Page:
Finally got online at home again. This is an old blog but figured I'd through it up any anyway:
So it’s been many New Years in a row. The Russians celebrate New Years on Dec 31 with the rest of the West and on Jan something because of the Russian Orthodox Church which is still on a slightly different calendar and Chinese New Year was last week.
Since 90% of our class is Chinese they really have no choice but to give us a few days off. I expected to sleep for 3 days but not with as full a belly as I ended up with.
I ran into Marcela who lives near me. (She’s the Austrian- although born Croatian and Russian grandmother) and she invited me to celebrate with her classmates. She was sort of punished because she refused to go to the Russian classes (and so didn’t pay for them). Her punishment was to be sent to the evening drawing class. She is the only European in that class. She understands Russian because her grandmother was Russian and she speaks German, English, French, and Croatian quite well. Since the Chinese are generally hopelessly lost when it comes to Russian and the translator went back to China the teachers are going crazy trying to communicate. Marcela often gets a largely disproportionate amount of their time simply because she is the only European and the only one who understands their rants. To boot the painting teachers this year are new to the Pod course and so have only taught Russians before and they are flabbergasted at the low skill level and slow progress. It’s hard to exaggerate the tenacity with which these teachers teach and with which the Russian students have been taught usually for at least 10 years. They go to art school for 6 years and then Art College for 4 and then come to the Academy if they are accepted.
Anyway I thought I knew none of these Chinese students but I went with Marcela anyway. It turned out this was the house of the students I take sculpture with. Some of their parents were there too, all the way from Mongolia. The spread was ridiculous. There were at least 20 people around the table and when I asked whom we had to thank for such bounty they all pointed at each other. They had been cooking for at least 12 hours. There were 400 hand made dumplings and you know I tried to eat them all. There was a glistening fried whole fish as the centerpiece swimming in ginger. I was so happy to see the fish head that I went straight for the eyes and the cheeks with surprised smiles form our hosts who enjoyed my gusto. Of course I held back a little and didn’t start gnawing on its gills like I normally would have. My reserved nature was adventuresome for them. Diced checked with hoards of garlic and red pepper was uncovered after two kinds of soup, one of which included some kind of femur bone. I couldn’t help myself when I saw that I picked it up and had flashbacks from my last life as a dog as I raked it clean with my incisors. It helped that they have a custom of making the guest drink a toast with each of the hosts. That meant 20 drinks without a break and I already started drinking vodka. I couldn’t go back to beer and I couldn’t repeat my birthday when I was bed ridden for two days with the worst hang over of my life. So I took tiny sips and ate two dumplings after each one. Yes that meant 40 dumplings and they weren’t small.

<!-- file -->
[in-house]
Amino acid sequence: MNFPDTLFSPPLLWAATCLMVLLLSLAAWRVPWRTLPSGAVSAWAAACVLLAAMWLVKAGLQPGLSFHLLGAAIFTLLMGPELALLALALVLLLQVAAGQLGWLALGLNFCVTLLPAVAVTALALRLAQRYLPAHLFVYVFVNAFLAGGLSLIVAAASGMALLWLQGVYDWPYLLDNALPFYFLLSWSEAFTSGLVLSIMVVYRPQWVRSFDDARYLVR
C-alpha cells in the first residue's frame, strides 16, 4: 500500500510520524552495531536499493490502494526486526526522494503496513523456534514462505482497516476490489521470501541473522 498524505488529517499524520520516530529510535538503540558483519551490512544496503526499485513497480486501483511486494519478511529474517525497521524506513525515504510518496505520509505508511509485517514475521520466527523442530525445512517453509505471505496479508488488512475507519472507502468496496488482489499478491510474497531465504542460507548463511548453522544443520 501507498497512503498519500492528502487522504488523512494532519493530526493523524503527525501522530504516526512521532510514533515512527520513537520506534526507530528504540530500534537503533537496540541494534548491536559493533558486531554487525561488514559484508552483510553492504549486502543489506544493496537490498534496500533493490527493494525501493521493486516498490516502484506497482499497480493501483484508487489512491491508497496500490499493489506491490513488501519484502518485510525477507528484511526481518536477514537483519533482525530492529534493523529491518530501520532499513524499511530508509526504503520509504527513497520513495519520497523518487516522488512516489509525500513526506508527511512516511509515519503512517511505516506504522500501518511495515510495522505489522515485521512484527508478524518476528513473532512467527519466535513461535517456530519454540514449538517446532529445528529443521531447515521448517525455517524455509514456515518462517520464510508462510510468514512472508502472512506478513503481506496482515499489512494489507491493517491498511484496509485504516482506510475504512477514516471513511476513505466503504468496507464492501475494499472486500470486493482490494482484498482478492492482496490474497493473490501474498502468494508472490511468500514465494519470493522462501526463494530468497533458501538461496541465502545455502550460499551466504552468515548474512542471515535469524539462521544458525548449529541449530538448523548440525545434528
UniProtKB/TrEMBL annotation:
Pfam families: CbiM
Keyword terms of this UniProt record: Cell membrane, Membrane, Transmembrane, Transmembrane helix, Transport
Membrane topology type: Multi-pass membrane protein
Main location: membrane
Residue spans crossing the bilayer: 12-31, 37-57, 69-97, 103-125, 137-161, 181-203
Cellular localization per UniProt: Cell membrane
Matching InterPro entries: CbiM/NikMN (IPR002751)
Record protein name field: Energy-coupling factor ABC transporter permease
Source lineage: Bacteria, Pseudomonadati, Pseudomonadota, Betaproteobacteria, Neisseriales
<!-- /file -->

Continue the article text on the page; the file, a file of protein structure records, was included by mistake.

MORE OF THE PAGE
I think the best moment was when we started singing. We tried to find songs we all new. Communication was generally very difficult between poor Russian and poorer English, but they new the Beatles. We got through “Yerow Submaline” and a bit of “Micherre my Berr” with straight faces and finished it off with one they all new quite well. The A,B,C’s Yes at the top of our drunken voices we bellowed “Next Time wont you sing with me” It was a beautiful moment in Chinese American diplomacy.